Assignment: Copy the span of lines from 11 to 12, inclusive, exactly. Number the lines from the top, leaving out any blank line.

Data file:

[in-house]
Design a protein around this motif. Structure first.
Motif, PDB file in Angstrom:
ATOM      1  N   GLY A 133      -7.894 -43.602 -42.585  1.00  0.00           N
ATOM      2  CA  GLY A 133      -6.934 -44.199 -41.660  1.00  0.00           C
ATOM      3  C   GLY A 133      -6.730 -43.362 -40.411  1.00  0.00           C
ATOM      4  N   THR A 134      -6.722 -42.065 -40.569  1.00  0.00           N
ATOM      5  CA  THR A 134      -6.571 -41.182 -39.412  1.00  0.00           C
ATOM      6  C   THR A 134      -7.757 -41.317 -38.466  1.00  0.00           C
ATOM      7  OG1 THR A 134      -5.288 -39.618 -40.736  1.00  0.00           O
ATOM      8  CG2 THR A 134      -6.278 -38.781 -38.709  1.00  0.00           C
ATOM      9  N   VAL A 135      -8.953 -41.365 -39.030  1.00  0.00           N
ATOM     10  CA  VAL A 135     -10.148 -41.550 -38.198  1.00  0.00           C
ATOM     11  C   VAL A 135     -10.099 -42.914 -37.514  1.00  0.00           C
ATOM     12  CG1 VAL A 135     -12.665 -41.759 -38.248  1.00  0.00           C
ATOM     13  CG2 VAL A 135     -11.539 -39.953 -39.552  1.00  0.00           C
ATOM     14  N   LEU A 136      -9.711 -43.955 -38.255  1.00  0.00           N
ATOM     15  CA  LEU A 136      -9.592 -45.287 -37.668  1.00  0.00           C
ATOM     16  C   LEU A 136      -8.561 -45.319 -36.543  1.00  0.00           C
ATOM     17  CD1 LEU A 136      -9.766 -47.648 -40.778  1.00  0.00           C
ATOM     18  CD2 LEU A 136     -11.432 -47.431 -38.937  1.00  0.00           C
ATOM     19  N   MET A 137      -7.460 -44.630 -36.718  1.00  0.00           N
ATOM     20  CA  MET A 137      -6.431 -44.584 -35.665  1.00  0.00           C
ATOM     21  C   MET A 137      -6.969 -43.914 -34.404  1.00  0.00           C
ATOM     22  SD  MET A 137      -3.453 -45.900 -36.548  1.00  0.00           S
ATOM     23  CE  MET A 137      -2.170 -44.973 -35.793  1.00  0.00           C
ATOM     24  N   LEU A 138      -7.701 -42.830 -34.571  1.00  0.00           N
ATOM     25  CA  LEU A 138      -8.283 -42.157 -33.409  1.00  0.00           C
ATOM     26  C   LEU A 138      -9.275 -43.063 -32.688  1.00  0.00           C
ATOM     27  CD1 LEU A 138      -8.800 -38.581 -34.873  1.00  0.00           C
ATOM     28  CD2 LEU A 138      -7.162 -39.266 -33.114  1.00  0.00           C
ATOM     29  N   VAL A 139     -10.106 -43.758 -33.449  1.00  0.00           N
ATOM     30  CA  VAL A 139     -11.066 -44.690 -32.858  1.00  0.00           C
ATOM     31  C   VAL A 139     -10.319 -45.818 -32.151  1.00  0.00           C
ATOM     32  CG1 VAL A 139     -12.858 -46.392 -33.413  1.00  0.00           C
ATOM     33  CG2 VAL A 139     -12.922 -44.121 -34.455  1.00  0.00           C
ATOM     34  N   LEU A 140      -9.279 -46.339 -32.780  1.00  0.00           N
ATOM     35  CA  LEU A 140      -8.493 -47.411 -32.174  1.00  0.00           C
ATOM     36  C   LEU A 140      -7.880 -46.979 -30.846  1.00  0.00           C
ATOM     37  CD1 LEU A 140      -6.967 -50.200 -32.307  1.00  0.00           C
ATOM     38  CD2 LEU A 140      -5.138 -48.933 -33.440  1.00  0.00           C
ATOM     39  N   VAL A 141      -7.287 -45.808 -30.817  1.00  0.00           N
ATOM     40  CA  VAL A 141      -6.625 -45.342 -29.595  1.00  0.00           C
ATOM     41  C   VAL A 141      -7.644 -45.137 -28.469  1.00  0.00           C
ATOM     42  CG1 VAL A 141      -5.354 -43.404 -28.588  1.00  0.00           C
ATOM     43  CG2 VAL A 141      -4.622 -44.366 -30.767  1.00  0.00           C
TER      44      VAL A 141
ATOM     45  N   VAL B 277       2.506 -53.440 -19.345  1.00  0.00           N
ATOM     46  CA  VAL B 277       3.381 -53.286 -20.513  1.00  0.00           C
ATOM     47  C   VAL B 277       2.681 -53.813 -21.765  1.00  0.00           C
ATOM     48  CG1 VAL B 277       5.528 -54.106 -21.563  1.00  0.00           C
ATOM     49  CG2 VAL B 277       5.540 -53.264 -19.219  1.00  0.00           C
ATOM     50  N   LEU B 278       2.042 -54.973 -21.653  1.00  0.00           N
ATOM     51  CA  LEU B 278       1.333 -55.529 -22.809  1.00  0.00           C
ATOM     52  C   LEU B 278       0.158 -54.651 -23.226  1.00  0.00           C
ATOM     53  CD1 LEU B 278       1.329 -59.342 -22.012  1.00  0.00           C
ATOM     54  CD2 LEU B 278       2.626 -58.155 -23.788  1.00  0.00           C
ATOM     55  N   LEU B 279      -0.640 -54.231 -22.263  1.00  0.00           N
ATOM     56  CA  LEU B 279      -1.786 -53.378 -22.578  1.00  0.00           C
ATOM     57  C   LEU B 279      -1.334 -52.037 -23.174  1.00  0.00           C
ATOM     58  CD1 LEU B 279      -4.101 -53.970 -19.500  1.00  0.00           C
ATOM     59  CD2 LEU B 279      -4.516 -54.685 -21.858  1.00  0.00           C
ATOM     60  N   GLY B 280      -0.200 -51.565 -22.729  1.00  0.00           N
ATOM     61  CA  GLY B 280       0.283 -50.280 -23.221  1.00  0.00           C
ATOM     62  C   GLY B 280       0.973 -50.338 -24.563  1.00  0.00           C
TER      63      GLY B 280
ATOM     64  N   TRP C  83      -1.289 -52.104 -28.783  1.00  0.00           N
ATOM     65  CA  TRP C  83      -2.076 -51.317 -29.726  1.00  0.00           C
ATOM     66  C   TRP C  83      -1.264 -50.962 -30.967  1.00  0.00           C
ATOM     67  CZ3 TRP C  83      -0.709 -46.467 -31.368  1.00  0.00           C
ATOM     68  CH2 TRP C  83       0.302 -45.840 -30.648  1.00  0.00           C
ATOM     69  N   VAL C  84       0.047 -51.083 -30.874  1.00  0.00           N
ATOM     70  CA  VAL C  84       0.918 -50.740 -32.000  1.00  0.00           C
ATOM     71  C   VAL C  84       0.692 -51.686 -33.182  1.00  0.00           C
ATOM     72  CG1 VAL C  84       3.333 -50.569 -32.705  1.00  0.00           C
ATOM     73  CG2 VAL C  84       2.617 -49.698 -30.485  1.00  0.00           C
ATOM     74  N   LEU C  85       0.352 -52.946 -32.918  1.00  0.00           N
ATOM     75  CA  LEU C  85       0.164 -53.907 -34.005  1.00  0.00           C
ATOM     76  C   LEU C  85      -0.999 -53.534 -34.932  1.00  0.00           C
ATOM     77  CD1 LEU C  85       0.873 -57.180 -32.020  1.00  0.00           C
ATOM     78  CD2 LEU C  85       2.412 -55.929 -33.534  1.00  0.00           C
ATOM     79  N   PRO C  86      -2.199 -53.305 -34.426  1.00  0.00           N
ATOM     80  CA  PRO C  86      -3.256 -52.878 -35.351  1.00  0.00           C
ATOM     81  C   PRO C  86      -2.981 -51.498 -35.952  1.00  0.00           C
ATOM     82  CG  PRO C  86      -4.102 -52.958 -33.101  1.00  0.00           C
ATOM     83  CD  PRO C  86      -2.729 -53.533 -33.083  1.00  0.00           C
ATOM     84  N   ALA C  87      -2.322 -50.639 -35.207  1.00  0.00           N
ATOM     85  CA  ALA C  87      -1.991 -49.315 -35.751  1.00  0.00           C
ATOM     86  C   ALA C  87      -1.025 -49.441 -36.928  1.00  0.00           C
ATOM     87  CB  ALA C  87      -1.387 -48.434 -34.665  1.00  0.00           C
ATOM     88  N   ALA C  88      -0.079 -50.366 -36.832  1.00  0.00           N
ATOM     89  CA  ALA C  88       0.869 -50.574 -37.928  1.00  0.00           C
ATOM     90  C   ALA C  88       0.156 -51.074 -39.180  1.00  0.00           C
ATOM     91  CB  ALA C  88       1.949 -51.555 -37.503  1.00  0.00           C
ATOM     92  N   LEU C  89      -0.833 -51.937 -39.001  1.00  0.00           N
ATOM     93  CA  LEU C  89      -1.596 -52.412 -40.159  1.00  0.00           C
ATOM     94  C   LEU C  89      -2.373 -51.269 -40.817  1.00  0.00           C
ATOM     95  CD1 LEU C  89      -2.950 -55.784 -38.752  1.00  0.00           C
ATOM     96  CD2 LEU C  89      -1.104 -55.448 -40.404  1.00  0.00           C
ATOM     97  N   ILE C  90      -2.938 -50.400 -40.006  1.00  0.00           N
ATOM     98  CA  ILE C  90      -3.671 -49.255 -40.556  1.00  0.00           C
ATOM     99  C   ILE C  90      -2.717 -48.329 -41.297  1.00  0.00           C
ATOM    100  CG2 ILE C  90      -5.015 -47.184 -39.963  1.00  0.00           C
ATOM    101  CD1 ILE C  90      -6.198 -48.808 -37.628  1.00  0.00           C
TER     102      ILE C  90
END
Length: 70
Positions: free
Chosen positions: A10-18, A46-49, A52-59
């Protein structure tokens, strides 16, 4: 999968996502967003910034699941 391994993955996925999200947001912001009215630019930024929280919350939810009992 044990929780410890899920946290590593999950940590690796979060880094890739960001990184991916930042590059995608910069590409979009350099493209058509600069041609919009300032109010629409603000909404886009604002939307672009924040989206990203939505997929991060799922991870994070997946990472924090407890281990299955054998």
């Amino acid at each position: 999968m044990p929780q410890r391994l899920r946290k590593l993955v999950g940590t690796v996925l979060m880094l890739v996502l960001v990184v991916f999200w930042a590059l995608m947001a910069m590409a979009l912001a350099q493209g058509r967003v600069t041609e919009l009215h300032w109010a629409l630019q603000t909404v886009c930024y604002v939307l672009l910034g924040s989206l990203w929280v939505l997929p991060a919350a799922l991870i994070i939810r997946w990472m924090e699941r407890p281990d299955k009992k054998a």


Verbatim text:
ATOM      8  CG2 THR A 134      -6.278 -38.781 -38.709  1.00  0.00           C
ATOM      9  N   VAL A 135      -8.953 -41.365 -39.030  1.00  0.00           N